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Lebanon…The Social Support Base Will Break the Wall

Lebanon…The Social Support Base Will Break the Wall

Friday, 27 August, 2021 - 11:00

During the civil war, demarcation lines separated the regions of Lebanon, leaving every faction or sectarian community able to barricade itself behind them and build its statelet or autonomous administration in the areas under their control. Since the return of barricades seems impossible, separating the Lebanese or isolating them from one another is impossible as well. However, one side, at this stage, is trying to isolate its sectarian, doctrinal, or partisan community from the others using various means to maintain its pervasive presence among its sons and prevent a loss of confidence in the faction’s choices. In this vein, it has been striving, since the first few days of the “October insurgency,” to build a virtual wall separating the community from others and making communication between that community and the others in the country impossible. It has used every tool in its kit, from financial resources to stirring sentiments and incitement, to create this schism.

On October 19, 2019, that is, three days after the “October insurgency,” Hezbollah’s secretary-general demonstrated, in the speech he gave then, his deep concern for distancing a foundational community, whose sons has taken part in the Martyr’s Square protests, from a new course for approaching politics, social issues, and the economy that has been crystalizing since the revolt began. That revolt and the course it set demonstrated the scale of the changes to Lebanon’s social composition, threatening the Lebanese status quo and its political forces’ future.

At that moment, Hezbollah decided to defend the entire ruling clique, both its loyalists and its domesticated opposition figures. At its core, this decision was one of self-defense and defending the gains the party had made after years of working to shape (the ruling clique and the authorities) to its liking. It was capable of doing so thanks to its abundance of military, ideological, and sentimental power, which have turned it into a ruling party capable of defending the regime and controlling the state. That pushed Hezbollah to stand behind the ruling clique and everything it has done, to stand against the Lebanese’ righteous demands that the clique be held accountable for its corruption and failure to administer the country and its wealth. It did so for a clear reason, as abandoning any of the clique’s factions would destabilize the clique and bring it all down, with the factions falling like dominos.

After becoming convinced of the impossibility of containing the revolt and developing a deep mistrust of its political and cultural rhetoric, which was and is being put forward by university-educated youths of the post-March 8 and 14 generations, as well as the reexaminations that the post-war generation has developed, the party was left perplexed by the massive gap between its ideological discourse and political rhetoric and the uprising’s demands. It faced the problem of being unable to understand their logic or rejecting it altogether. On the other hand, the still divided and flustered uprising met the party with social and political standard-setting that has found its way into the party's support base and is expanding in line with the exacerbation of economic pressures, leading to a direct confrontation between them.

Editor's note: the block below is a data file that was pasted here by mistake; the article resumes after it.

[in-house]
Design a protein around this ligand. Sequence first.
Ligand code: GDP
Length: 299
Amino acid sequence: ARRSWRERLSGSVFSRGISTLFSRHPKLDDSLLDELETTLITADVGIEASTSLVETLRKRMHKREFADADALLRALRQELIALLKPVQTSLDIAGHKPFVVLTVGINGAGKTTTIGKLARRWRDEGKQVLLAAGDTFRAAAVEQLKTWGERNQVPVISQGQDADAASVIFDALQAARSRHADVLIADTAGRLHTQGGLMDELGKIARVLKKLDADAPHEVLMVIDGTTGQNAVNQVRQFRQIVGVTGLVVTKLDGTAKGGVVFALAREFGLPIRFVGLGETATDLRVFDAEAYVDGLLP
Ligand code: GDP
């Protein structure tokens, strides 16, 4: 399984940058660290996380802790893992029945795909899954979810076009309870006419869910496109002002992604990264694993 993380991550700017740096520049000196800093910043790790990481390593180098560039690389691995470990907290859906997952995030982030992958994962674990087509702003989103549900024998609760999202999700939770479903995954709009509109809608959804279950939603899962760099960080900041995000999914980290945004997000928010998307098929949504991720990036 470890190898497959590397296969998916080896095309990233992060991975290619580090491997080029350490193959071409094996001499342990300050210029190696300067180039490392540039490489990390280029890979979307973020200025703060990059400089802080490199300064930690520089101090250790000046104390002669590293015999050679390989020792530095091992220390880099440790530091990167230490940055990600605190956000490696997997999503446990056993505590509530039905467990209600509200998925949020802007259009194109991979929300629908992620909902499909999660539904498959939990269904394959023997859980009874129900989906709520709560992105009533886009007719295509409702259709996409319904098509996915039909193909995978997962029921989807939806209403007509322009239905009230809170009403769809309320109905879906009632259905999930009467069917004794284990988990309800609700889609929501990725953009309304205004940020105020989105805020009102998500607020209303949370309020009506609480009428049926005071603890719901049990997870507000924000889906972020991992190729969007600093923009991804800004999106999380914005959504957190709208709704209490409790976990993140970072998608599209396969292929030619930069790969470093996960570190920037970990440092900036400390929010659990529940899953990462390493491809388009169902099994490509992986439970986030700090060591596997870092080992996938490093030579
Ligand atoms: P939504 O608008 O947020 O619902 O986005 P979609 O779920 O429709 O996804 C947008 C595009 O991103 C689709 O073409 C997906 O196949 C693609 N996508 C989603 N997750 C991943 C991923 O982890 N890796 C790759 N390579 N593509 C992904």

After national and communal solutions to those problems faltered, and with no faction capable of remaining neutral, Hezbollah, through its secretary-general attacked “October 17.” In his latest speech, Nasrallah accused the insurgency’s political groups of being funded by foreign powers aiming to fragment Lebanese society. “Since October 17, work has been ongoing to fragment the state, sects, towns, and villages as an alternative to civil war… what is demanding is striking Lebanese society,” he declared.

Attacking politically and socially active groups, accusing them of cooperating with regional and international embassies, warning that non-governmental organizations are tools for foreign interference, the talk of Lebanon as being suffering under the weight of US sanctions, holding “October 17” responsible for the country's financial and economic collapse, and pushing the idea of a conspiracy against Lebanon, are nothing but an attempt to distract some Lebanese, especially the county's Shiite community, which is suffering just like the others. All of that is an attempt to contain dissent within the community, which has begun to pose questions and to become skeptical about the party’s domestic and external choices. The community has begun to appear uneasy and restless because of proposed solutions' failures and Hezbollah's reiteration of the same justifications, with the partying insisting on pushing a narrative that is no longer convincing.

Based on the above, Hezbollah, sooner or later, will realize and may admit that the Lebanese insurgency will dispel all the accusations that have been levied against, and that its standards will form a holistic national configuration. The party's community will go past the wall that it is trying to build between the community and the other Lebanese. This wall will not be tougher to break than that of Berlin, and this strengthens the conviction that creating a schism or isolating the community is impossible.

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